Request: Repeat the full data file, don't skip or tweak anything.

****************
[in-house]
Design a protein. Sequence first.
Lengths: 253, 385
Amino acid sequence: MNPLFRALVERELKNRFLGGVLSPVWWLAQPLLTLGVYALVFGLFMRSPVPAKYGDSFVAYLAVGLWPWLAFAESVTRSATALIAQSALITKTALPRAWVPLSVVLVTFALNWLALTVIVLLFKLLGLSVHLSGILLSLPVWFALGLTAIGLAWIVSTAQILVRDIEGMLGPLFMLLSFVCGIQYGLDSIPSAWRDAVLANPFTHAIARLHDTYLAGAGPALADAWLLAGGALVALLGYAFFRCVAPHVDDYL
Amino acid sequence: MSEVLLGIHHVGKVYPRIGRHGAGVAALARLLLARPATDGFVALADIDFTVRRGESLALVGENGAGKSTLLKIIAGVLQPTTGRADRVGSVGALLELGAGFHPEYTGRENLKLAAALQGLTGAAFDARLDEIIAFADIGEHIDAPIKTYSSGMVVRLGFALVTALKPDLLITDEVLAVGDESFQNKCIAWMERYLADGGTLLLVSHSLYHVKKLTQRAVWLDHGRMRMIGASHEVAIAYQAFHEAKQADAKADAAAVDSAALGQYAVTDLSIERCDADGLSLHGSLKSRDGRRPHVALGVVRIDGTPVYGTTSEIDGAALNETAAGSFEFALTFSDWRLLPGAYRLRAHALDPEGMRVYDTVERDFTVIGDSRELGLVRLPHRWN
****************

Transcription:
[in-house]
Design a protein. Sequence first.
Lengths: 253, 385
Amino acid sequence: MNPLFRALVERELKNRFLGGVLSPVWWLAQPLLTLGVYALVFGLFMRSPVPAKYGDSFVAYLAVGLWPWLAFAESVTRSATALIAQSALITKTALPRAWVPLSVVLVTFALNWLALTVIVLLFKLLGLSVHLSGILLSLPVWFALGLTAIGLAWIVSTAQILVRDIEGMLGPLFMLLSFVCGIQYGLDSIPSAWRDAVLANPFTHAIARLHDTYLAGAGPALADAWLLAGGALVALLGYAFFRCVAPHVDDYL
Amino acid sequence: MSEVLLGIHHVGKVYPRIGRHGAGVAALARLLLARPATDGFVALADIDFTVRRGESLALVGENGAGKSTLLKIIAGVLQPTTGRADRVGSVGALLELGAGFHPEYTGRENLKLAAALQGLTGAAFDARLDEIIAFADIGEHIDAPIKTYSSGMVVRLGFALVTALKPDLLITDEVLAVGDESFQNKCIAWMERYLADGGTLLLVSHSLYHVKKLTQRAVWLDHGRMRMIGASHEVAIAYQAFHEAKQADAKADAAAVDSAALGQYAVTDLSIERCDADGLSLHGSLKSRDGRRPHVALGVVRIDGTPVYGTTSEIDGAALNETAAGSFEFALTFSDWRLLPGAYRLRAHALDPEGMRVYDTVERDFTVIGDSRELGLVRLPHRWN